Observing Animal Behaviour

By Mr Jack Chalker-Harris, Teacher

On Thursday, 21 September, our psychology cohort visited Taronga Zoo in Sydney. I know what you’re thinking – why on earth would psychology students be visiting a zoo?

Well, as it turns out, Taronga offers a program focused on conducting animal observations. Specifically, how observations can drive scientific research. This ties in nicely with our current topic of social psychology, in which observational research is a pillar.

Prior to our trip, students were tasked with creating templates to observe an animal of their choosing. From meerkats to chimpanzees, the range was broad, with the majority of students attempting to investigate the impact of captive settings on behaviour.

When we first arrived at Taronga, we made our way to the free-flight bird theatre, where we experienced an interactive presentation involving a young, red-tailed black cockatoo named Wattle. During this presentation, bird trainers demonstrated how they begin training birds by monitoring behavioural cues in each animal, which suggest how comfortable they are when performing certain tasks. Luckily for us, the free-flight theatre doubled as a beautiful view overlooking Sydney Harbour.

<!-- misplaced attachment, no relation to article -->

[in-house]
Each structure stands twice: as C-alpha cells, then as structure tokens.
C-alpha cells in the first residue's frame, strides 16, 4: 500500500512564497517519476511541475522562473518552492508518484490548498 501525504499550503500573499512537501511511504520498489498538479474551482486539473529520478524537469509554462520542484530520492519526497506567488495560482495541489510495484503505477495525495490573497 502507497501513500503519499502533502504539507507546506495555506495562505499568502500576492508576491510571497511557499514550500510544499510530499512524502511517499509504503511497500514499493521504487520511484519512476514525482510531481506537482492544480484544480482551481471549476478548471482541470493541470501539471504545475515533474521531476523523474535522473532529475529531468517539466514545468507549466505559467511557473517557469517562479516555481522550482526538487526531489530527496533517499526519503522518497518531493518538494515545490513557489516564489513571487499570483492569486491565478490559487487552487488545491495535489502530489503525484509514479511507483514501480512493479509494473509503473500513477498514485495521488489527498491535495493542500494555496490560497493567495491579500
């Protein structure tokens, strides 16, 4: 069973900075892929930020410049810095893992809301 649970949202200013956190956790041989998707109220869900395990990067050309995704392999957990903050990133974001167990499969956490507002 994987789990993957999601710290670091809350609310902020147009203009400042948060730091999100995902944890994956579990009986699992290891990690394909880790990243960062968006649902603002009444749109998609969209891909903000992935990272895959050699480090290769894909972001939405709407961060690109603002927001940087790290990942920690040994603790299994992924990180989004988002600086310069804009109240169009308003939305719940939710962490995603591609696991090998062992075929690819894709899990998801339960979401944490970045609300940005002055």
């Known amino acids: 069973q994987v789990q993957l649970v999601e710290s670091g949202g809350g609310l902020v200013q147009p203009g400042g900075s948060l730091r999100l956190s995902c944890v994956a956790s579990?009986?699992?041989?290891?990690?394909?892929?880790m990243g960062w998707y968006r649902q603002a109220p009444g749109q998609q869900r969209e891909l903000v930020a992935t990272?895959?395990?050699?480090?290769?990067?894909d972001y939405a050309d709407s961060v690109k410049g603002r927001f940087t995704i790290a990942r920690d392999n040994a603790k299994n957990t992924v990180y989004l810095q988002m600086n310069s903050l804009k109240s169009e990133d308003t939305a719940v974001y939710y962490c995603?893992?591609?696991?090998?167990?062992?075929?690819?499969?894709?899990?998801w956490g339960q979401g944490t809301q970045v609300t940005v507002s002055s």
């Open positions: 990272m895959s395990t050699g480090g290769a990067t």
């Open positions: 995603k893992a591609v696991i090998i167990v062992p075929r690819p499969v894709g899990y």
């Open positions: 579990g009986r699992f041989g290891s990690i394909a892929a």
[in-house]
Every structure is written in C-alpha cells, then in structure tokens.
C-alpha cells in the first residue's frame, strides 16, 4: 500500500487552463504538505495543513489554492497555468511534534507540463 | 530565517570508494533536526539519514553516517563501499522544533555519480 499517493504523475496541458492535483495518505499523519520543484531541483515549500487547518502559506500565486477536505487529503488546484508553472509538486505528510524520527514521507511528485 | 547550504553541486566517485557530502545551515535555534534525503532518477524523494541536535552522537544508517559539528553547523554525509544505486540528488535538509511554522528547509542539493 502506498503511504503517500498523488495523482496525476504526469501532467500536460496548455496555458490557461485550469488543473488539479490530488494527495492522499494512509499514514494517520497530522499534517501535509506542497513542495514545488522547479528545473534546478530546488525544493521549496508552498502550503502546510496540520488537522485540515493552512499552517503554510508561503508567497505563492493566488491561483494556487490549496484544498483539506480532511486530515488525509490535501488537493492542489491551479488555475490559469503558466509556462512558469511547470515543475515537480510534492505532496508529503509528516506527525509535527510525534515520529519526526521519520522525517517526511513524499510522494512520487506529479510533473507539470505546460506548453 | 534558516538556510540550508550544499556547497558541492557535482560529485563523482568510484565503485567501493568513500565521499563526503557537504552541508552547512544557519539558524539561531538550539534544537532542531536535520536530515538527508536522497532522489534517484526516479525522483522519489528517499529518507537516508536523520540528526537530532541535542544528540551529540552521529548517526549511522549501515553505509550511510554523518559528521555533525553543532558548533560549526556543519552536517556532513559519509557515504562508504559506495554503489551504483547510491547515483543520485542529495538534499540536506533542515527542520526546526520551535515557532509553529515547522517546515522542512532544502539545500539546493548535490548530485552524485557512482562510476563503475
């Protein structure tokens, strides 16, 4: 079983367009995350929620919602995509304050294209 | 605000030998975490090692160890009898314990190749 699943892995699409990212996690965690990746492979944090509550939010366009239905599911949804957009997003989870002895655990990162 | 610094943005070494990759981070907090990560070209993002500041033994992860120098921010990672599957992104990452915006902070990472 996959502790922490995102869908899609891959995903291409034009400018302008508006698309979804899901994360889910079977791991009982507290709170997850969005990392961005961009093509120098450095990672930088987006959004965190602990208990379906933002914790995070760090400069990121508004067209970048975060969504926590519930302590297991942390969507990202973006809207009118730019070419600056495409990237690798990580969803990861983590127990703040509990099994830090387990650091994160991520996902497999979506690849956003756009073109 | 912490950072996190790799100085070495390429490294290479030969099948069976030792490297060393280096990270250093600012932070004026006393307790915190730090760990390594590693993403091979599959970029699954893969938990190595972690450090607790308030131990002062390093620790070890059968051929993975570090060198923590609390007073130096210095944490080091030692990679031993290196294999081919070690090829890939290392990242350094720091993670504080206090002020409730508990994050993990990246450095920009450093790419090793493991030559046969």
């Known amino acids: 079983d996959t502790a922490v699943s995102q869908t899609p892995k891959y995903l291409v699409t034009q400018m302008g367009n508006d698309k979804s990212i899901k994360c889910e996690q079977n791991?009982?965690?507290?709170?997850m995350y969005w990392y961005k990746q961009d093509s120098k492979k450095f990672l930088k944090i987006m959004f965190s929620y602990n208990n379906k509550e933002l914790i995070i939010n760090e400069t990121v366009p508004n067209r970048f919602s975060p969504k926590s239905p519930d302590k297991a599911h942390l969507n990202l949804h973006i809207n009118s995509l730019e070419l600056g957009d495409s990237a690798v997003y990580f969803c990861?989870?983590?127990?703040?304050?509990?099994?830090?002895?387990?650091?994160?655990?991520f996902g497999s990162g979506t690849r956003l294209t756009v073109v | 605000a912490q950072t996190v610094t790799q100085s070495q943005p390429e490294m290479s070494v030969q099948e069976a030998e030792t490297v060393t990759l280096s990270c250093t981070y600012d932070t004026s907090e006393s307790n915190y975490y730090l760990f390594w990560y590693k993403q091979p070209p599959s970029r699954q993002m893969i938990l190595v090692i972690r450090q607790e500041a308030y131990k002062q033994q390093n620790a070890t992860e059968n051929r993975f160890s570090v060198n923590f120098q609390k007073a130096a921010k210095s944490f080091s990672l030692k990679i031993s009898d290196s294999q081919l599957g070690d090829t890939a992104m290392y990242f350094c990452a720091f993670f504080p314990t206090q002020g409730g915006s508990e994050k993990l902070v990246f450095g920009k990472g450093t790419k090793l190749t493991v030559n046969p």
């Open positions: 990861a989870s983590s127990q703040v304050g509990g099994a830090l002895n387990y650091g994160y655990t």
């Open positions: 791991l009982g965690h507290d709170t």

On the day, we also heard from Dr Ben Pitcher, a behavioural ecologist, about his latest project, in which he investigated penguin behaviour to better understand their feeding patterns. He talked us through the ways he collected the information and the process involved in collating and communicating his findings, which was extremely beneficial for our students.

Dr Ben Pitcher presenting the process involved in behavioural ecology

Students then went out on their own to explore the zoo and investigate their chosen animal and their unique behaviours.

Overall, the day was a wonderful learning opportunity for our students, as well as a fun and enriching experience to connect socially; a win-win for all involved and something we as staff plan to keep in the program of learning moving forward.

Below is an example of a research poster students were tasked with creating after their visit. This one is courtesy of Genevieve Nguyen (Year 11), who undertook a comparative investigation of how chimpanzee behaviour differs in captivity versus the wild.